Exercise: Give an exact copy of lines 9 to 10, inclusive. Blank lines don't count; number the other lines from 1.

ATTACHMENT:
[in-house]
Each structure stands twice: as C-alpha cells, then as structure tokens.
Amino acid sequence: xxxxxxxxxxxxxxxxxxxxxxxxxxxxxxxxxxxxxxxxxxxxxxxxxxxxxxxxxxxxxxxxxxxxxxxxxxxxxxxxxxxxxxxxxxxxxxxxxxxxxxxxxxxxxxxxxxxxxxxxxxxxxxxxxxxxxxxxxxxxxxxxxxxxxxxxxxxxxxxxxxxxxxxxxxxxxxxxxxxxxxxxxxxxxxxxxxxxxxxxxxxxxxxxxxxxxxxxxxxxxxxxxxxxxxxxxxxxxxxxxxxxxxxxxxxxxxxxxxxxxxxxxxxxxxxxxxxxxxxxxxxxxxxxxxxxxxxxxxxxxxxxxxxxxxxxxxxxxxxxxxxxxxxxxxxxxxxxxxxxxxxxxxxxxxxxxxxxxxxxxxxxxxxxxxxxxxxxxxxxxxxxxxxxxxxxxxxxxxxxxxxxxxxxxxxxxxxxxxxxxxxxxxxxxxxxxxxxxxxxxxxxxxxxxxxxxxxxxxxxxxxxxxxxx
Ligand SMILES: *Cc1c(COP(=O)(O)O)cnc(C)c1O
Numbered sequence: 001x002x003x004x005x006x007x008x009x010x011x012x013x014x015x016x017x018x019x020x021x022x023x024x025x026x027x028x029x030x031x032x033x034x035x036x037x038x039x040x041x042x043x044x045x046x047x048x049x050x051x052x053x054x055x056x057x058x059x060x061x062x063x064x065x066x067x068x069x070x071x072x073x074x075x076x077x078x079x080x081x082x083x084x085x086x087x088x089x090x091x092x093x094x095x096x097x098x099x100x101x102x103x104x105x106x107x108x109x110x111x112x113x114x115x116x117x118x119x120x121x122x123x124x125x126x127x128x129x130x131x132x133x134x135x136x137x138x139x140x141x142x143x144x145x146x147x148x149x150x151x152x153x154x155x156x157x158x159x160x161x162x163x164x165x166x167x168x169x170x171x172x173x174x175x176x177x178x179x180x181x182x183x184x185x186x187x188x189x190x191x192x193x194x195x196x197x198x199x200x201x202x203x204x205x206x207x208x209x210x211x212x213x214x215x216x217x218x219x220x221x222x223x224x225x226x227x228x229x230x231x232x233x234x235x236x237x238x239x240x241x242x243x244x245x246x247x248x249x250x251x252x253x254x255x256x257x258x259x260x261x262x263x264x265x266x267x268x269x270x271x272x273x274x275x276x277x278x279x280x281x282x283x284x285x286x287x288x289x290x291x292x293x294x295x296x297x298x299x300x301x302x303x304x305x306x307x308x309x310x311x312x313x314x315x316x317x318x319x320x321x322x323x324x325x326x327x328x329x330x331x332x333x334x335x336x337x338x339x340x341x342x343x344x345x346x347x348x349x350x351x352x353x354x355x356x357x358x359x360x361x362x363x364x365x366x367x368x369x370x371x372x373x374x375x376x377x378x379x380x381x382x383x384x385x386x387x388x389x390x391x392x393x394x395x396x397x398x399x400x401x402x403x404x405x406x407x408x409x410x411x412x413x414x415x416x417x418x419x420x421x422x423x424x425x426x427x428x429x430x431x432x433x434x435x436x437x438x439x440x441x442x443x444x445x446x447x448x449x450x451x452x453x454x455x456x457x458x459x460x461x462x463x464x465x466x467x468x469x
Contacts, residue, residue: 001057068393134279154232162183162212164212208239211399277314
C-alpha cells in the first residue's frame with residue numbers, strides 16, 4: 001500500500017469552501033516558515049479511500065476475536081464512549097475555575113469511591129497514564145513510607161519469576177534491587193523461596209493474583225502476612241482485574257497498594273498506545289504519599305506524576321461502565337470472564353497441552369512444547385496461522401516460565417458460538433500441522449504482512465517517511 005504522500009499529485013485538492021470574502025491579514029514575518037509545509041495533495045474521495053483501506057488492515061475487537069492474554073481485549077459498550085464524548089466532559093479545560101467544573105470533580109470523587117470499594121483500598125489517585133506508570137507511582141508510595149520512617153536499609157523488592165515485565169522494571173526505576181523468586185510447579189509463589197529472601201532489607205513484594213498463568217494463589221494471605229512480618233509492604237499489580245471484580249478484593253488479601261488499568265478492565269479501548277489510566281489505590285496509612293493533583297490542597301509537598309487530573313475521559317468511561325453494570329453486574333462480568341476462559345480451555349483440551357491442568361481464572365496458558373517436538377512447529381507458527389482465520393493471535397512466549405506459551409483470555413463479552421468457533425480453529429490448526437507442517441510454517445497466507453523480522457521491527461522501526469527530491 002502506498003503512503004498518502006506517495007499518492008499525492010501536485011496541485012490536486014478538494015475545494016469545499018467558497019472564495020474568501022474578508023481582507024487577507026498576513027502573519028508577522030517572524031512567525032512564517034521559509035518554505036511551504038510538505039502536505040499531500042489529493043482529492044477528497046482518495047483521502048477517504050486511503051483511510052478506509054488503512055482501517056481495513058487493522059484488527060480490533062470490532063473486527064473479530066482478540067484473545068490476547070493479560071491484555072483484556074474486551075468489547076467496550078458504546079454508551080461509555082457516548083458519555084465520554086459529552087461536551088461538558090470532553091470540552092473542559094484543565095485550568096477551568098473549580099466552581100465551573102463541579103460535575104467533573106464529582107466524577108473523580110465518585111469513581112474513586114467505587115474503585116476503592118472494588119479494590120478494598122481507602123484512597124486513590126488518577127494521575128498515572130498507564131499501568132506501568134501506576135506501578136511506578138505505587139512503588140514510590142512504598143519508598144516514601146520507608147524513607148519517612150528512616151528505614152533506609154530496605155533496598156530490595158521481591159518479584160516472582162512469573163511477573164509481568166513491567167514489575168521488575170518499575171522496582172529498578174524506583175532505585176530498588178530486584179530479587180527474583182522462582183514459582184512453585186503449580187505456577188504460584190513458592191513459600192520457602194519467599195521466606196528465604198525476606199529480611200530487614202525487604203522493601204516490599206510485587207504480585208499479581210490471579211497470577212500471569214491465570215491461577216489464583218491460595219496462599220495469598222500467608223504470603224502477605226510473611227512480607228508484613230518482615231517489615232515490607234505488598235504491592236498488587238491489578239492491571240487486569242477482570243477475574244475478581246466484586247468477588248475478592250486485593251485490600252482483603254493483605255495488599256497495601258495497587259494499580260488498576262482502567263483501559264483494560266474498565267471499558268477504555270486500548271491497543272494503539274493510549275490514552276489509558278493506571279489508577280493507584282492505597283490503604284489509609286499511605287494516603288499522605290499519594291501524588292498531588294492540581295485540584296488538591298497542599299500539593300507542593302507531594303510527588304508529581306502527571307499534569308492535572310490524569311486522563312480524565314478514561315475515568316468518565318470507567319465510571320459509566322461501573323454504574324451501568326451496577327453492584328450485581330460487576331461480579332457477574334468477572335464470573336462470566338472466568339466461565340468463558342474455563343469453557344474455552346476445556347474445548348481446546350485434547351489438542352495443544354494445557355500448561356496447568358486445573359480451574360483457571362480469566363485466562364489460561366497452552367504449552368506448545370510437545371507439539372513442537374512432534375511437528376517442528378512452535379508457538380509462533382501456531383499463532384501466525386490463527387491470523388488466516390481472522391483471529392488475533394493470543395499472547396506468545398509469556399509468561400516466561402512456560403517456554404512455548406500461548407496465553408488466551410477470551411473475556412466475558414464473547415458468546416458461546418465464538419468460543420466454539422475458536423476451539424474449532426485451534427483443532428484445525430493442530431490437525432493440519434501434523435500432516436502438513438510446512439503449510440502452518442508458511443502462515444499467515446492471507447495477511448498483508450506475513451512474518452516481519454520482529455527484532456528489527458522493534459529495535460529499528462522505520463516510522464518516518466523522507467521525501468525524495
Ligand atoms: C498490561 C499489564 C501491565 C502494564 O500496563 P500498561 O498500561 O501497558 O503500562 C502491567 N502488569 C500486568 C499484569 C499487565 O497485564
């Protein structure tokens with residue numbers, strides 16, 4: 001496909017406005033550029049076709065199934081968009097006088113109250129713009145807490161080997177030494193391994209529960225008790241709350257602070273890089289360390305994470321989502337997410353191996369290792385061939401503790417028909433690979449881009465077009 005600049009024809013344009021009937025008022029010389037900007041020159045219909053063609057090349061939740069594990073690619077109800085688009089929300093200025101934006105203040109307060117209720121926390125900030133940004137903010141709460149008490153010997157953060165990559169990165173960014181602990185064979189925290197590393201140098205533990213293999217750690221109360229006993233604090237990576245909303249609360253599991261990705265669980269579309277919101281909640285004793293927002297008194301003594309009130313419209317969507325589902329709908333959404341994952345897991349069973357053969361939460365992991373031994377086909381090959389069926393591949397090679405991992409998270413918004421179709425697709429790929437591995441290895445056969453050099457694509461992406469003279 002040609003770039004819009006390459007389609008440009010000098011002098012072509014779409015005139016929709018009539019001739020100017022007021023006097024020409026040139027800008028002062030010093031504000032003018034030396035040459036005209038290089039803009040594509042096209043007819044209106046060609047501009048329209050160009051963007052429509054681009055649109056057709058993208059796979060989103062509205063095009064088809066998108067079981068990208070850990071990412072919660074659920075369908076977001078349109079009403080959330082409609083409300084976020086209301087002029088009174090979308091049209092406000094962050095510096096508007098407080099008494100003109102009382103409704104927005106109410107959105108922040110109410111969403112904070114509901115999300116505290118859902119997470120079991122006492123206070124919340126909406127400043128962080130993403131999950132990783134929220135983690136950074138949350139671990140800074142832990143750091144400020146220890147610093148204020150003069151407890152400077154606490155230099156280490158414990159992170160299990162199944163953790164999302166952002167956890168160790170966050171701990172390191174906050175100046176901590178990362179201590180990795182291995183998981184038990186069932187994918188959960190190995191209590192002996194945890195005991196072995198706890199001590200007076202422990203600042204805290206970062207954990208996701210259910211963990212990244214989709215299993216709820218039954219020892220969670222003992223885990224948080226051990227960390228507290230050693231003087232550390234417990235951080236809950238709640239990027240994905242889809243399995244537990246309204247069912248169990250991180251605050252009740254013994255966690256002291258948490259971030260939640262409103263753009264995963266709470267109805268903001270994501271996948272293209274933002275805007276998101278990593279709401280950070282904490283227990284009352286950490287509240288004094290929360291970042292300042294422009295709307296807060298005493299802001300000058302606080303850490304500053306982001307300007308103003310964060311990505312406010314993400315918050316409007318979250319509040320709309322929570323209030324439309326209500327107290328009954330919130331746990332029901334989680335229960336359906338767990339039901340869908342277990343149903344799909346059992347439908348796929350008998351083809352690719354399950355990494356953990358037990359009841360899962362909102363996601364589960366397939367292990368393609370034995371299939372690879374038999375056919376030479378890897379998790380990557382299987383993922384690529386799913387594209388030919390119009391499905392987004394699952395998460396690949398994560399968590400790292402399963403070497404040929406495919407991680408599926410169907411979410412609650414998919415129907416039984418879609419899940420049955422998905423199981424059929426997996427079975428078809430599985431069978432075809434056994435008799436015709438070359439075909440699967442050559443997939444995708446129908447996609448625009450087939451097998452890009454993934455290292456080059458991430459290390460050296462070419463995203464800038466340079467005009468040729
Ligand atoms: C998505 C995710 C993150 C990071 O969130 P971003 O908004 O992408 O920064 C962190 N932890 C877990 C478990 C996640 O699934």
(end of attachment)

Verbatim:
């Protein structure tokens with residue numbers, strides 16, 4: 001496909017406005033550029049076709065199934081968009097006088113109250129713009145807490161080997177030494193391994209529960225008790241709350257602070273890089289360390305994470321989502337997410353191996369290792385061939401503790417028909433690979449881009465077009 005600049009024809013344009021009937025008022029010389037900007041020159045219909053063609057090349061939740069594990073690619077109800085688009089929300093200025101934006105203040109307060117209720121926390125900030133940004137903010141709460149008490153010997157953060165990559169990165173960014181602990185064979189925290197590393201140098205533990213293999217750690221109360229006993233604090237990576245909303249609360253599991261990705265669980269579309277919101281909640285004793293927002297008194301003594309009130313419209317969507325589902329709908333959404341994952345897991349069973357053969361939460365992991373031994377086909381090959389069926393591949397090679405991992409998270413918004421179709425697709429790929437591995441290895445056969453050099457694509461992406469003279 002040609003770039004819009006390459007389609008440009010000098011002098012072509014779409015005139016929709018009539019001739020100017022007021023006097024020409026040139027800008028002062030010093031504000032003018034030396035040459036005209038290089039803009040594509042096209043007819044209106046060609047501009048329209050160009051963007052429509054681009055649109056057709058993208059796979060989103062509205063095009064088809066998108067079981068990208070850990071990412072919660074659920075369908076977001078349109079009403080959330082409609083409300084976020086209301087002029088009174090979308091049209092406000094962050095510096096508007098407080099008494100003109102009382103409704104927005106109410107959105108922040110109410111969403112904070114509901115999300116505290118859902119997470120079991122006492123206070124919340126909406127400043128962080130993403131999950132990783134929220135983690136950074138949350139671990140800074142832990143750091144400020146220890147610093148204020150003069151407890152400077154606490155230099156280490158414990159992170160299990162199944163953790164999302166952002167956890168160790170966050171701990172390191174906050175100046176901590178990362179201590180990795182291995183998981184038990186069932187994918188959960190190995191209590192002996194945890195005991196072995198706890199001590200007076202422990203600042204805290206970062207954990208996701210259910211963990212990244214989709215299993216709820218039954219020892220969670222003992223885990224948080226051990227960390228507290230050693231003087232550390234417990235951080236809950238709640239990027240994905242889809243399995244537990246309204247069912248169990250991180251605050252009740254013994255966690256002291258948490259971030260939640262409103263753009264995963266709470267109805268903001270994501271996948272293209274933002275805007276998101278990593279709401280950070282904490283227990284009352286950490287509240288004094290929360291970042292300042294422009295709307296807060298005493299802001300000058302606080303850490304500053306982001307300007308103003310964060311990505312406010314993400315918050316409007318979250319509040320709309322929570323209030324439309326209500327107290328009954330919130331746990332029901334989680335229960336359906338767990339039901340869908342277990343149903344799909346059992347439908348796929350008998351083809352690719354399950355990494356953990358037990359009841360899962362909102363996601364589960366397939367292990368393609370034995371299939372690879374038999375056919376030479378890897379998790380990557382299987383993922384690529386799913387594209388030919390119009391499905392987004394699952395998460396690949398994560399968590400790292402399963403070497404040929406495919407991680408599926410169907411979410412609650414998919415129907416039984418879609419899940420049955422998905423199981424059929426997996427079975428078809430599985431069978432075809434056994435008799436015709438070359439075909440699967442050559443997939444995708446129908447996609448625009450087939451097998452890009454993934455290292456080059458991430459290390460050296462070419463995203464800038466340079467005009468040729
Ligand atoms: C998505 C995710 C993150 C990071 O969130 P971003 O908004 O992408 O920064 C962190 N932890 C877990 C478990 C996640 O699934």